Rev. Howard Thurman and his wife Sue Bailey Thurman believed in interdenominational and interracial worship as a means for sparking social change.
In collaboration with co-pastor Dr. Alfred Frisk, a White minister and professor at San Francisco State University, the Thurmans founded The Church for the Fellowship of All Peoples at 1500 Post Street. The site had been the home of a Japanese-American Presbyterian church, vacant after its congregation was interned under Executive Order 9066. The new church’s vision of diverse peoples working together to achieve peace and equality in the face of worldwide war placed Thurman, Sue Bailey Thurman, and Frisk staunchly in the ranks of the leftist avant-garde; liberal San Francisco was perhaps the only place in the nation where this insurgent undertaking was feasible in the era of Jim Crow.
In 1949, while still preaching weekly at Fellowship Church, Howard Thurman published what would be his most enduring work, Jesus and the Disinherited. 8 The book is sharp in its critique of segregation, and argues for an understanding of Christ as an advocate for the impoverished and disenfranchised. It laid a foundation for Black liberation theology and was a cornerstone of Martin Luther King, Jr.’s philosophy. Dr. King carried a worn and annotated copy of Jesus and the Disinherited with him throughout the Montgomery bus boycott and beyond. 9 Indeed, Thurman had long been present in King’s inner circle; as a friend of Martin Luther King, Sr., he was often at the family home in Atlanta, and remained a lifelong mentor to his friend’s son.
Thurman’s congregation still exists (housed now at 2041 Larkin Street), and still embodies his radical message of peace, unity, and advocacy, its message uninterrupted since 1944: “Do not be silent; there is no limit to the power that may be released through you.” 10
War Memorial Opera House, 301 Van Ness Avenue
April 26, 1945, not quite six months before the signing of the Japanese Instruments of Surrender on the USS Missouri, delegates from 50 nations that had warred with Axis powers convened for the San Francisco Conference at the War Memorial Opera House. Their goal was to fashion an agreement creating a United Nations to avert future wars. (The 51st original member state, Poland, was unable to attend as its government had not yet reconstituted after the country’s ravaging by the Nazis.) Back in San Francisco nine weeks later, on June 25, 1945, the 850 delegates unanimously adopted the UN Charter, which they signed the next day at the neighboring Veteran’s Theater. (Poland signed soon afterward.). Signatories declared themselves united “in a common struggle against savage and brutal forces seeking to subjugate the world.” 11
The United Nations Charter was adopted in the first municipally owned performance hall in the country.
Twenty-six years earlier, in the aftermath of the conflict that H.G. Wells had called the “war to end war,” a campaign to recognize the sacrifice of veterans and civilians alike had been integrated, in San Francisco, into a simultaneous movement to create a cultural center that could rival those in eastern cities. The resulting War Memorial complex comprises an opera house and a theater (originally the Veteran’s, now the Herbst) joined by a grand courtyard. Funded by voter-approved bond, the state-of-the-art facilities cost $6 million in 1919, equivalent to $114.5 million today; the paired Beaux-Arts buildings were the first municipally owned performance halls in the country, and journalists urged San Franciscans to buy the bonds as a patriotic duty. 12 Even so, financing and construction difficulties delayed completion, and The War Memorial Opera House opened on October 15, 1932, with a performance of Tosca. Soprano Claudia Muzio, who had first sung for the company in the late 1920s, was lured back to the stage by director Gaetano Merola, and Act I was broadcast on local radio. Static notwithstanding, the recording still soars.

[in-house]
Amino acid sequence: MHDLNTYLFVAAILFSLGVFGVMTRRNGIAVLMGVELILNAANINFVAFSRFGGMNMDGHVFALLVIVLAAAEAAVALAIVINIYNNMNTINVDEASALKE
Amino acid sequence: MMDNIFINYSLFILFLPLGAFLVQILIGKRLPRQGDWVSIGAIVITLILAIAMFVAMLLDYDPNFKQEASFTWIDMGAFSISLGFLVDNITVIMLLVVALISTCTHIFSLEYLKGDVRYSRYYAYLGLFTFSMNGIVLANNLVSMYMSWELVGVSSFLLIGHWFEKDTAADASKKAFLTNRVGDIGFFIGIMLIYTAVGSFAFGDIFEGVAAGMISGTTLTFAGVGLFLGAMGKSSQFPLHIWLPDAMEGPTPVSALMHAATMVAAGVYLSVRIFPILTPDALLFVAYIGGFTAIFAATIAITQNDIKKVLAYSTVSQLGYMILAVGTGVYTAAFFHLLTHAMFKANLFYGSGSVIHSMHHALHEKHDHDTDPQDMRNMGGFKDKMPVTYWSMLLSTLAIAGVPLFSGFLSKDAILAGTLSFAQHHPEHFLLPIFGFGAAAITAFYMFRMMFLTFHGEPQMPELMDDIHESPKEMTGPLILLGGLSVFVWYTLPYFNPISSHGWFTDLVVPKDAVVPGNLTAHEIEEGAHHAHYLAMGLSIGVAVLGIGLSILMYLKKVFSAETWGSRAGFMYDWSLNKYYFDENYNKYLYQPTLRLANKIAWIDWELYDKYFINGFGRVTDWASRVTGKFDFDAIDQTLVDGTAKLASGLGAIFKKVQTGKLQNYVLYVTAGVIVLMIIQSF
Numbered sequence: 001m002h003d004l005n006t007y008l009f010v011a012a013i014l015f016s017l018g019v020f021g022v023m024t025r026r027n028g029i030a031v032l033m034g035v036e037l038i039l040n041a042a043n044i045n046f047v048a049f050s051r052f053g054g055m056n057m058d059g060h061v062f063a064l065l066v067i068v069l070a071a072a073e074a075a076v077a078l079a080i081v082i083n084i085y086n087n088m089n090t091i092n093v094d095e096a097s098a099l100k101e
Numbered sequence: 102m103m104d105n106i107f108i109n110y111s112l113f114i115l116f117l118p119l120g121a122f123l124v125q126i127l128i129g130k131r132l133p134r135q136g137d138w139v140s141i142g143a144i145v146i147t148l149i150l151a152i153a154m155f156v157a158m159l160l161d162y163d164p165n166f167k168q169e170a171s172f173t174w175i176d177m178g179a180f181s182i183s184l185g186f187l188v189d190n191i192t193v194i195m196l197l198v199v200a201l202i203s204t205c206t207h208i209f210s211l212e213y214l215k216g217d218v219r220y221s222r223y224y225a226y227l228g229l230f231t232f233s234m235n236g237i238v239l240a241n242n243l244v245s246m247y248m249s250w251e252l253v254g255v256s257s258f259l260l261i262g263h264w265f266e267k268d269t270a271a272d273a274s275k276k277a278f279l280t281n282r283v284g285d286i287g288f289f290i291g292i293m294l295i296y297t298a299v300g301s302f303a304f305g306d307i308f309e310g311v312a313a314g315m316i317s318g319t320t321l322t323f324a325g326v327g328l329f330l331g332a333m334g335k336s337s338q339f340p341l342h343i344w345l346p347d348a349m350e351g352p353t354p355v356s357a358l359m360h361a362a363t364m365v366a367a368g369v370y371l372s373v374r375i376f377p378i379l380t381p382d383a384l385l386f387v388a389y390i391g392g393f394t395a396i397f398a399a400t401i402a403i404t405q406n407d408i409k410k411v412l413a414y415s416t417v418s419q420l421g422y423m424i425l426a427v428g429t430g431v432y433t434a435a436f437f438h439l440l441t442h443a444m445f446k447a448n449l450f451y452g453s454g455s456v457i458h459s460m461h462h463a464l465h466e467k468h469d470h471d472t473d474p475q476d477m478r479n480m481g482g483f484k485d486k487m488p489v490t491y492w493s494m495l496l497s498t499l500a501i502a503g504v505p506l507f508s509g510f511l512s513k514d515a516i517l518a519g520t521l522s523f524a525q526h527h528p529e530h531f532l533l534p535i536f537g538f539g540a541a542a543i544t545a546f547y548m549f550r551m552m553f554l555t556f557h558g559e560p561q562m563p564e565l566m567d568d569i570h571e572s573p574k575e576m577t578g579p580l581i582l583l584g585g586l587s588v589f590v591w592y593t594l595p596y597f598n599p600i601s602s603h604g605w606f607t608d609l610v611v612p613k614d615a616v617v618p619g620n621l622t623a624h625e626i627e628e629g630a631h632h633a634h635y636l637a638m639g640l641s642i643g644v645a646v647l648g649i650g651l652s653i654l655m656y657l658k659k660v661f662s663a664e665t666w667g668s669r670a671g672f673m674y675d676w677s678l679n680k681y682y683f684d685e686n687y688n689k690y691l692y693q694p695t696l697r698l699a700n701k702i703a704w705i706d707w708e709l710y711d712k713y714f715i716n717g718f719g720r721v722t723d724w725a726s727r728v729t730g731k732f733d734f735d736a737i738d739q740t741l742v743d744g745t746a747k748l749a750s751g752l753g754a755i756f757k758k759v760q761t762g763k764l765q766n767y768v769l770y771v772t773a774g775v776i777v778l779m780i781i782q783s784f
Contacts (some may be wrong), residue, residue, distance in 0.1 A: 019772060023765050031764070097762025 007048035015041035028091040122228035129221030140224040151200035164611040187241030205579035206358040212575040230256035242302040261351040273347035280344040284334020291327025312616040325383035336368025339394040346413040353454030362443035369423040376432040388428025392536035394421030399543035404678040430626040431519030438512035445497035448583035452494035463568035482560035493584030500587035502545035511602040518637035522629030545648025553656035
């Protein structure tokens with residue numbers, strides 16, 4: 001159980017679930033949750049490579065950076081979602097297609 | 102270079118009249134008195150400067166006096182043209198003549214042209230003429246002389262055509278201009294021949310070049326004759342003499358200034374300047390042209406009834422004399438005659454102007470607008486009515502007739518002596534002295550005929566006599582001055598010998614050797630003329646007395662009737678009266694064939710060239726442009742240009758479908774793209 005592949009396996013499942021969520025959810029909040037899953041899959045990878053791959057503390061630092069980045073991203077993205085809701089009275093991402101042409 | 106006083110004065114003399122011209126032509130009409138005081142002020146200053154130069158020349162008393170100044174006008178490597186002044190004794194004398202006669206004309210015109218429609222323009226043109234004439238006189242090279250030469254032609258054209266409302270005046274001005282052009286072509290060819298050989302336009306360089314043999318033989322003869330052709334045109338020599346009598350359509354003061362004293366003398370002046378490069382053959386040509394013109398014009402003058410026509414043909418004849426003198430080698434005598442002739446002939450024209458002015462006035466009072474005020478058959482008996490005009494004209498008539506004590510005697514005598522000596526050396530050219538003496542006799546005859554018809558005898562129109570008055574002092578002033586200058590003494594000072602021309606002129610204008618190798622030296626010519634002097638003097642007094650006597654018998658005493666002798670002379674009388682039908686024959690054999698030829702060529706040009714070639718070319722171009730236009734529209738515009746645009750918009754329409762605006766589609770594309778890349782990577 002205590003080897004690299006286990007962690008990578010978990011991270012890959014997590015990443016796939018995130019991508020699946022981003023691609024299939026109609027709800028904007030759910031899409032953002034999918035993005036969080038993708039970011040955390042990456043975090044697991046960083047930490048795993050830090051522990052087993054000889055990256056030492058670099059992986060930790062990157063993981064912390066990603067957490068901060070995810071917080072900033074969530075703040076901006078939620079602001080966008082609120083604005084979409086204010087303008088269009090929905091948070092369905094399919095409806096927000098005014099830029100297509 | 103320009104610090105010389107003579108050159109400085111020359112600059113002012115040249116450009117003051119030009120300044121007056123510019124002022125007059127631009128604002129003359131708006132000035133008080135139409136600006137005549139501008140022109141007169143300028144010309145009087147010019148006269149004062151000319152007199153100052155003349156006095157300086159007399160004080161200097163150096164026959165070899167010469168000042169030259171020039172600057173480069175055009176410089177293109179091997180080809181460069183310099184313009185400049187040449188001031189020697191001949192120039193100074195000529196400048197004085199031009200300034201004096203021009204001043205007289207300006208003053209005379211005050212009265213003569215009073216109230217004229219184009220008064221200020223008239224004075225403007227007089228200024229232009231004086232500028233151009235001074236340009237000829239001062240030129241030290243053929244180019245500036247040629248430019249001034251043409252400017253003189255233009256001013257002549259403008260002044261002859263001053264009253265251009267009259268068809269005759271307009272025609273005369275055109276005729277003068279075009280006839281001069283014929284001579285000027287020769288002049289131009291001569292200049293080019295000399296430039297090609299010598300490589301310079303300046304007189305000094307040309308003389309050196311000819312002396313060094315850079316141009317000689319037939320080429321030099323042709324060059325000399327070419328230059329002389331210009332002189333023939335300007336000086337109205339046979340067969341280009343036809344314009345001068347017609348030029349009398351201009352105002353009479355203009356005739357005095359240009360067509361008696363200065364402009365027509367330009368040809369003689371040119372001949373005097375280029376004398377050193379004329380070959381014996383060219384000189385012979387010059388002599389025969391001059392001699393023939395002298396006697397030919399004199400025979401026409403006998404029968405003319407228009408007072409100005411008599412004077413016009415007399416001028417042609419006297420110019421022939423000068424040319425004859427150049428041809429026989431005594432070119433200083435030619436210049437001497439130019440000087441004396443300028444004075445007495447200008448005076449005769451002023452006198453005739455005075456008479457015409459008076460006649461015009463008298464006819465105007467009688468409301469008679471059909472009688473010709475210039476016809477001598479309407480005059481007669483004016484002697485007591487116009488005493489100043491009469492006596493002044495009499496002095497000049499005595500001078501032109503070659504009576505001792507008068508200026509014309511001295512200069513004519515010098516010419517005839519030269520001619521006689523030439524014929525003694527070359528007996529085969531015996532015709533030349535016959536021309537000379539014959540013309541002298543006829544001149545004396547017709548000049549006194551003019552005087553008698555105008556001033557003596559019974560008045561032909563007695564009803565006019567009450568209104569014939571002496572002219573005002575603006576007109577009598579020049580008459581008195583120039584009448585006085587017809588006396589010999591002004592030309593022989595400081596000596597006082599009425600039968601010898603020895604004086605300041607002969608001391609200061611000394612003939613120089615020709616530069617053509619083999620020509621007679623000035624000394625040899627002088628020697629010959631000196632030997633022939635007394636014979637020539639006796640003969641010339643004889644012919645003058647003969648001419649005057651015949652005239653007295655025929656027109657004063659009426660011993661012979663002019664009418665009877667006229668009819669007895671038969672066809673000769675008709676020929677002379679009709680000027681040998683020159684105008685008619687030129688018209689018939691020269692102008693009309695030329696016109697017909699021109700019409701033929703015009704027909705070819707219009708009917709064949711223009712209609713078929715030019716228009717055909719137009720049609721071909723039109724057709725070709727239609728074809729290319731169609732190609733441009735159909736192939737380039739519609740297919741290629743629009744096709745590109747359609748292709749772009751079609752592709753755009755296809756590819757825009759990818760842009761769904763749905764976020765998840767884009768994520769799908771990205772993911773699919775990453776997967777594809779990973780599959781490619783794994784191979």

Private Residence, 1010 Montgomery Street
In the summer of 1955, having been fired from his advertising-market-research job, 29-year-old Allen Ginsberg sat down in his apartment at 1010 Montgomery Street and wrote sections I and III of his first major poem, Howl. Section II was completed in the fall of 1955 in Berkeley. Ginsberg’s sometime mentor William Carlos Williams gave him a letter of introduction to San Francisco Renaissance luminary Kenneth Rexroth, and this led to the first public reading of Howl at Fillmore Street’s Six Gallery on October 7, 1955.
The Six Gallery reading inspired Lawrence Ferlinghetti’s publication of Howl as the fourth volume in City Lights’ Pocket Poets Series. Collaborating with London publisher Villiers, City Lights produced an edition of 520 copies, with an introduction by Williams. The books were confiscated upon arrival from England by San Francisco Collector of Customs Chester MacPhee, on grounds that the work was indecent. Ferlinghetti prudently contacted the ACLU, and U.S. Customs dropped its case. But on June 3, 1957, an undercover SFPD officer arrested City Lights Books manager Shigeyoshi Murao — from whom the officer had just purchased a copy of Howl — on charges of disseminating indecent material. 13 Ferlinghetti was arrested soon after on charges of lewdly printing obscene material. Ginsberg, in Morocco, was reported to be elated.